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Using Sencha Test with Jenkins and Selenium Grid

May 19, 2016 151 Views

We believe that Test Automation and Continuous Integration / Continuous Deployment (CI/CD) are critical to the success of a development project, especially one that involves complex enterprise applications. Automation shouldn’t stop with the developer phase; there should be end-to-end automation from development through delivery to your target audience. An automated process provides consistency and scalability that enables your team to focus on meeting business-critical needs while eliminating expensive manual steps that delay time to market.

In this post, we’ll talk about test automation and how it helps the Continuous integration and Continuous Deployment process. We’ll be using Sencha Test with Jenkins and Selenium (for deploying and running tests remotely) to demonstrate how you can test earlier and more frequently during your development cycle.


Sencha Test is a comprehensive test automation solution for unit and end to end functional tests allowing developers and test automation engineers to create tests in JavaScript, adopting a behavior driven development strategy. Sencha Test includes Jasmine v2.4 as well as APIs that enable you to richly interact with Ext JS components in your application.

Adding automation to modern agile projects requires sophisticated testing and process tools that work together and can be integrated with your development process. A CI system like Jenkins helps to speed up test deployment and execution. It also helps ensure that tests are run consistently – especially important with morale-destroying, monotonous tests that might otherwise require 10 developer days. Distributed browser farms, whether an internal solution such as Selenium or cloud-based solution such as Sauce Labs, ensures that tests run on well-defined browser variants and can scale according to workload.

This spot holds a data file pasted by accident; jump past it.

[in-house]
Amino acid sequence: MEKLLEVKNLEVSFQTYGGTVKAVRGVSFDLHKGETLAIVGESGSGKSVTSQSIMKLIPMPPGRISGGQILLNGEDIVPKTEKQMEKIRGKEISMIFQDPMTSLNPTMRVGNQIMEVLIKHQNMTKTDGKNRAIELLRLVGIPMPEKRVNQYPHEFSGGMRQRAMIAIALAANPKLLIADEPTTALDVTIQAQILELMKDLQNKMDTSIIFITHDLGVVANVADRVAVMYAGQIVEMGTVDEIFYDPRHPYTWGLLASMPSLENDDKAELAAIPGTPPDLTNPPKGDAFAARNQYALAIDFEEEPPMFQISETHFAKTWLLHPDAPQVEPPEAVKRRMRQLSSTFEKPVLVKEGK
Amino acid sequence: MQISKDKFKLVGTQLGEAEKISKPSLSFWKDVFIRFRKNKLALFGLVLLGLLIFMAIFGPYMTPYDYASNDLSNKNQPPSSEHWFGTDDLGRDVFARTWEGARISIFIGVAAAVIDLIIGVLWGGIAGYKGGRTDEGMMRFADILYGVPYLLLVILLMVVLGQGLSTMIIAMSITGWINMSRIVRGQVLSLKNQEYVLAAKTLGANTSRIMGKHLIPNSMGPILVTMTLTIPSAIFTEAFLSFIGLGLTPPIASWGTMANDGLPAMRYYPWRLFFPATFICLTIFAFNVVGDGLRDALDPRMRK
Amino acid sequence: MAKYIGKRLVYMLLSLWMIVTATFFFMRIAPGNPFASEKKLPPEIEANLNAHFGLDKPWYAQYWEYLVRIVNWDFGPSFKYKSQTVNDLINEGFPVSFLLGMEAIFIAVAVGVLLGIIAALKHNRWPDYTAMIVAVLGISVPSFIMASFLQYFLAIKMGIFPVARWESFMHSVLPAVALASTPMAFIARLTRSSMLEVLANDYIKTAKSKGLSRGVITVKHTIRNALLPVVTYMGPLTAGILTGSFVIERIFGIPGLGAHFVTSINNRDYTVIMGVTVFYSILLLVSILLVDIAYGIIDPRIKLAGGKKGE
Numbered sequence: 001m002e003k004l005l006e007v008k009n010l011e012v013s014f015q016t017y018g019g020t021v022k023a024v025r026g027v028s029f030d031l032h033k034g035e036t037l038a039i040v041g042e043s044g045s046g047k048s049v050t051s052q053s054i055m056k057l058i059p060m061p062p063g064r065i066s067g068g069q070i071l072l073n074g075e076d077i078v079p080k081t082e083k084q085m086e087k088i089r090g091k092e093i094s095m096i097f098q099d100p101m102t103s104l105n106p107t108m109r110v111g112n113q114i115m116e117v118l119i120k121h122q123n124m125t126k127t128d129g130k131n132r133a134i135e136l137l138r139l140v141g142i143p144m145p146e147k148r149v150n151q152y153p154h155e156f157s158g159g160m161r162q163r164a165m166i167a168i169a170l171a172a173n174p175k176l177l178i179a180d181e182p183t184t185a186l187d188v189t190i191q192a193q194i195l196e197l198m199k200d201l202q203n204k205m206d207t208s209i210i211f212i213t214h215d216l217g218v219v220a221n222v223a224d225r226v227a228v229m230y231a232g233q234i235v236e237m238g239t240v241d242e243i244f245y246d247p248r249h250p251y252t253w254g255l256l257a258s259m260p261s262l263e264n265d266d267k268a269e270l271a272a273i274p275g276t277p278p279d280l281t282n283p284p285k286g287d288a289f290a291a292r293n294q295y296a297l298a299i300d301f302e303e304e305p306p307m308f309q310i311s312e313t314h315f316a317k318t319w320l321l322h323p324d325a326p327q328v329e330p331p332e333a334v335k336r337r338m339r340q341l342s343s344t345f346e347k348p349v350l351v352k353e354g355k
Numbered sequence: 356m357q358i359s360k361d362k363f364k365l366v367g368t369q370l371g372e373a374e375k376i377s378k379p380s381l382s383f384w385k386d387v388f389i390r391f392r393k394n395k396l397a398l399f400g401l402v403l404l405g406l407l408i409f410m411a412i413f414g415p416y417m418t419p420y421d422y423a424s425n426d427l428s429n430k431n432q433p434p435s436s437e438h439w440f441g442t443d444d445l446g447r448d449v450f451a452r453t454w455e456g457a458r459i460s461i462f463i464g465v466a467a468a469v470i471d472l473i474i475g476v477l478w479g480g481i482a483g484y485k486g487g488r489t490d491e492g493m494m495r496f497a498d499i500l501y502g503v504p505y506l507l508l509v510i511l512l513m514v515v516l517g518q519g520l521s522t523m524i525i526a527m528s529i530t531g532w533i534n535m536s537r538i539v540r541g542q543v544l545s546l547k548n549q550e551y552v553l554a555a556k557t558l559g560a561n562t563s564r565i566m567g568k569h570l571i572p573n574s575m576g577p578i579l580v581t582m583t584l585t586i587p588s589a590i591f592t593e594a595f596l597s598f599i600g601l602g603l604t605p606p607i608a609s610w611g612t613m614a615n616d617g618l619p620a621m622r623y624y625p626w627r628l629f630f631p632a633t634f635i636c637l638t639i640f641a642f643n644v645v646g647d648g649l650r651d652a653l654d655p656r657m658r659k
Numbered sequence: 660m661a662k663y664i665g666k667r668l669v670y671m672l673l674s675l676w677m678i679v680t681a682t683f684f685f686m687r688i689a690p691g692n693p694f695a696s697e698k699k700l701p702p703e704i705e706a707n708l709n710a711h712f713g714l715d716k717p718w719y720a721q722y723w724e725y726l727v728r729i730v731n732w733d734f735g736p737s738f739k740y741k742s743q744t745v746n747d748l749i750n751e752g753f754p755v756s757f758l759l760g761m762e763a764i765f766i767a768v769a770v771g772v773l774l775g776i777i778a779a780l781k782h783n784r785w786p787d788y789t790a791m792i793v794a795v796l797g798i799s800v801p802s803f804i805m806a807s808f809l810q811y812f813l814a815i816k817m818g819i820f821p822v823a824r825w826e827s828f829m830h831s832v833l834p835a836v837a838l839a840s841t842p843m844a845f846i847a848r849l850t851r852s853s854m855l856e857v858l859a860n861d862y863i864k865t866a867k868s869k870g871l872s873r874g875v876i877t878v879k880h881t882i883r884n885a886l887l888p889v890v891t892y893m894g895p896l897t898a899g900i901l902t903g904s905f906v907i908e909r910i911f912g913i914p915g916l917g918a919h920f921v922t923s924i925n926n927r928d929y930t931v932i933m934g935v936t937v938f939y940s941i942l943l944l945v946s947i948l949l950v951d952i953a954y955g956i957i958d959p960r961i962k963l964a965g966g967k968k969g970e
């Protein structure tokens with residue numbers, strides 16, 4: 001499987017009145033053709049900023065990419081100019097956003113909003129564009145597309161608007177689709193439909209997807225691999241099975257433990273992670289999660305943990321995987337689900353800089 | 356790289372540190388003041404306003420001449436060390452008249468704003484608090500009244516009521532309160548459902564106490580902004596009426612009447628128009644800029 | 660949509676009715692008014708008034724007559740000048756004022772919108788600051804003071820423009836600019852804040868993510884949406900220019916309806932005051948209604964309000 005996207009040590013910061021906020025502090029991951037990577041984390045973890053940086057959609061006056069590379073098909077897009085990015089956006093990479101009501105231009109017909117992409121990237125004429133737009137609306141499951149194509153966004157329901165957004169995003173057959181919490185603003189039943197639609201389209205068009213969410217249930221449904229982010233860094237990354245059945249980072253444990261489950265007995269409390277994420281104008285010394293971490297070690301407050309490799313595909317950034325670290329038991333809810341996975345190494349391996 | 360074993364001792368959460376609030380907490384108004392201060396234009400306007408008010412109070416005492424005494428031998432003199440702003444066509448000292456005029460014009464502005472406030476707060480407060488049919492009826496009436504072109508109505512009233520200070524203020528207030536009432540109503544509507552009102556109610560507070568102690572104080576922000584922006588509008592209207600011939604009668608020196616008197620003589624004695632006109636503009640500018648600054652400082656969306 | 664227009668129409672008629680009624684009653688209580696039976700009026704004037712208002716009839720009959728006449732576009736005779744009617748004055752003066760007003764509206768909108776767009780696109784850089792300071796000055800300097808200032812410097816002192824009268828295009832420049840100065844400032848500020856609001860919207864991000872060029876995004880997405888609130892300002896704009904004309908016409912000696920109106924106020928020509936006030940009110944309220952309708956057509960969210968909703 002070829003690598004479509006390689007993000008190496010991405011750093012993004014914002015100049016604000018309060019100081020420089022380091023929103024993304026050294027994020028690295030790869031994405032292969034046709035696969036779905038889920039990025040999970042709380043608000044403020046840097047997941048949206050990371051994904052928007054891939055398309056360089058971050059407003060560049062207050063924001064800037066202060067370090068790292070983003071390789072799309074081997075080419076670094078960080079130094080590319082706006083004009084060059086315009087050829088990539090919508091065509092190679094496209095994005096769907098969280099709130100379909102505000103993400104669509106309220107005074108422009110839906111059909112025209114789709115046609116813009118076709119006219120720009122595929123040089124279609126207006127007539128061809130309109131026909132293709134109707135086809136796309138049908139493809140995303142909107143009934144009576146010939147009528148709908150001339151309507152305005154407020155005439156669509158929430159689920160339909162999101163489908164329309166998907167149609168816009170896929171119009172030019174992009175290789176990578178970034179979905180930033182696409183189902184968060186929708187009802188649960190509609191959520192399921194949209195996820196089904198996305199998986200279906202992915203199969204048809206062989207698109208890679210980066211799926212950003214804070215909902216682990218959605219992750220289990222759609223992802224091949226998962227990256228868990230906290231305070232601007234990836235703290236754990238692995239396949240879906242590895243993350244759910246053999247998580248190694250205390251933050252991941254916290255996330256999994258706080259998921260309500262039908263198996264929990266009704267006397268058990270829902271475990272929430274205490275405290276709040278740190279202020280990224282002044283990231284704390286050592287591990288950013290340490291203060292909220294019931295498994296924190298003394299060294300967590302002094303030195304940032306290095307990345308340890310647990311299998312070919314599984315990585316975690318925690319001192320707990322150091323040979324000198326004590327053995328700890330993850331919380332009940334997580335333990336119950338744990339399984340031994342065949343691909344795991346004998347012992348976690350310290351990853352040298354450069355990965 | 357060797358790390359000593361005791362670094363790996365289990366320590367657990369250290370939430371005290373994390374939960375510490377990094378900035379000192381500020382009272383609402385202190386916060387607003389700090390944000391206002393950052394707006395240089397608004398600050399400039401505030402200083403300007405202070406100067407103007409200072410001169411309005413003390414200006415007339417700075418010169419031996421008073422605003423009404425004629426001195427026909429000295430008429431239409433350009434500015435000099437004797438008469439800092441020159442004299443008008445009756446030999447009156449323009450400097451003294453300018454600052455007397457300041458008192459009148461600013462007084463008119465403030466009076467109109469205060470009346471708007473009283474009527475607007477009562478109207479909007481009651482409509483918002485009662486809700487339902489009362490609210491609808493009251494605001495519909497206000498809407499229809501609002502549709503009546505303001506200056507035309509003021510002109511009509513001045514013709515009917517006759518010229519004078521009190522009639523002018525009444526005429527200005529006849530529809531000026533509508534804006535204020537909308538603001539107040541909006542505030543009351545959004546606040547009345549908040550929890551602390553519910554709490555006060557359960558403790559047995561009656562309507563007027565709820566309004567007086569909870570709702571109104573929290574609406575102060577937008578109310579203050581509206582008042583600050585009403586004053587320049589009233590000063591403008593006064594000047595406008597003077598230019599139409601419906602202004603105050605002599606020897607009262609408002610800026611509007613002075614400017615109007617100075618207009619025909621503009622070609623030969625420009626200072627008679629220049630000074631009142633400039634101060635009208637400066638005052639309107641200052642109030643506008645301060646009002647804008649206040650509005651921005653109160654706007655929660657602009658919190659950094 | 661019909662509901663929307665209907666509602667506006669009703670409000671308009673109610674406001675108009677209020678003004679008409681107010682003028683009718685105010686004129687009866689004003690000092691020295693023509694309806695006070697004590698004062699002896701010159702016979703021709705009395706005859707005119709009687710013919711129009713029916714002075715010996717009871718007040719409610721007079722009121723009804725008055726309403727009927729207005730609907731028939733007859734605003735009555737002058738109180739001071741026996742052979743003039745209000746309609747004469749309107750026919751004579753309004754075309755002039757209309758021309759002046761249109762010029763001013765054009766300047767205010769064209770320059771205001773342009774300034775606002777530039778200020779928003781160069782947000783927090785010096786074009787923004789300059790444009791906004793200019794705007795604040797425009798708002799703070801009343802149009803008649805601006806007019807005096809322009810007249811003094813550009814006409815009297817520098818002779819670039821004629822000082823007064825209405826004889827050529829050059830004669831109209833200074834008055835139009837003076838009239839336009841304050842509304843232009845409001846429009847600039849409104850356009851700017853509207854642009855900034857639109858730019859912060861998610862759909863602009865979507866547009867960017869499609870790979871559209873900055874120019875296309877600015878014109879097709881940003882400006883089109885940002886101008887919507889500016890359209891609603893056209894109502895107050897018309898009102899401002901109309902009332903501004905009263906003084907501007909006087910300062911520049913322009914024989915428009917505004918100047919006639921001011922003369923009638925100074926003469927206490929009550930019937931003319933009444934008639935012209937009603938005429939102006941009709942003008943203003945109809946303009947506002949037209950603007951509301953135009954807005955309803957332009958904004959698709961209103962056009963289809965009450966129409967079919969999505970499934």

So what does such a system look like using Sencha Test?


Sencha Test System Overview

First, you’ll need a working Sencha application and ideally some existing tests that run under Sencha Studio. We’ll explain how to set up a Selenium farm where the tests will run, and how to configure your Jenkins server to run tests.

Setting Up Selenium

If you don’t already have a Selenium farm set up, it’s fairly simple to set one up using Docker containers. On a Linux machine, we use the following “docker-compose.yml” file to start up a farm consisting of one hub and two nodes: one each for Chrome and Firefox.

  image: selenium/hub
    - "4444:4444"
  image: selenium/node-firefox
    - hub
    - "5555"
  image: selenium/node-chrome
    - hub
    - "5555"

We won’t go into the details of what each line does, but suffice it to say that the hub handles requests over port 4444, and the nodes have connections to the hub over port 5555. Starting the farm is simple – just run the following command from the directory where the docker-compose.yml file is located:

$ docker-compose up -d
(for those not familiar with Linux commands, the “$” is not part of the command)

At this point, Docker will download the appropriate Selenium images and start up your farm. You can modify the docker-compose.yml file to add more browsers or nodes. You can also grow your farm by registering remote nodes with the hub, such as for Windows browsers.

Note: when working with remote browser farms, it’s important to make sure that the remote browsers are able to reach the Sencha Test proxy where the test runner is running. That typically involves configuring the firewall to allow incoming network traffic to the Sencha Test runner, over the ports used by the proxy server (typically in the 87xx range). The browsers must be able to connect to the Sencha Test proxy server in order to run tests.

Configuring Sencha Test to Use WebDriver Server

Sencha Test is ready to work with a WebDriver-based farm such as Selenium Grid, out of the box. You don’t have to do anything special in your tests. You just need to configure your project, so it knows how to work with the farm. This consists of configuring the workspace with the location of the hub and creating a browser pool that describes the browsers you wish to test.

Configuring Sencha Test to Use WebDriver Server

The browser pool configuration is stored in a file, which is normally saved in source control along with the workspace, making it available to all users and to the CI server.

Once you create the pool, the configurations are available to the test runner in Sencha Studio.

Configurations are Available to the Test Runner in Sencha Studio

Now, you have the ability to execute tests on your WebDriver farm, directly from Sencha Studio like you are currently doing for local browsers.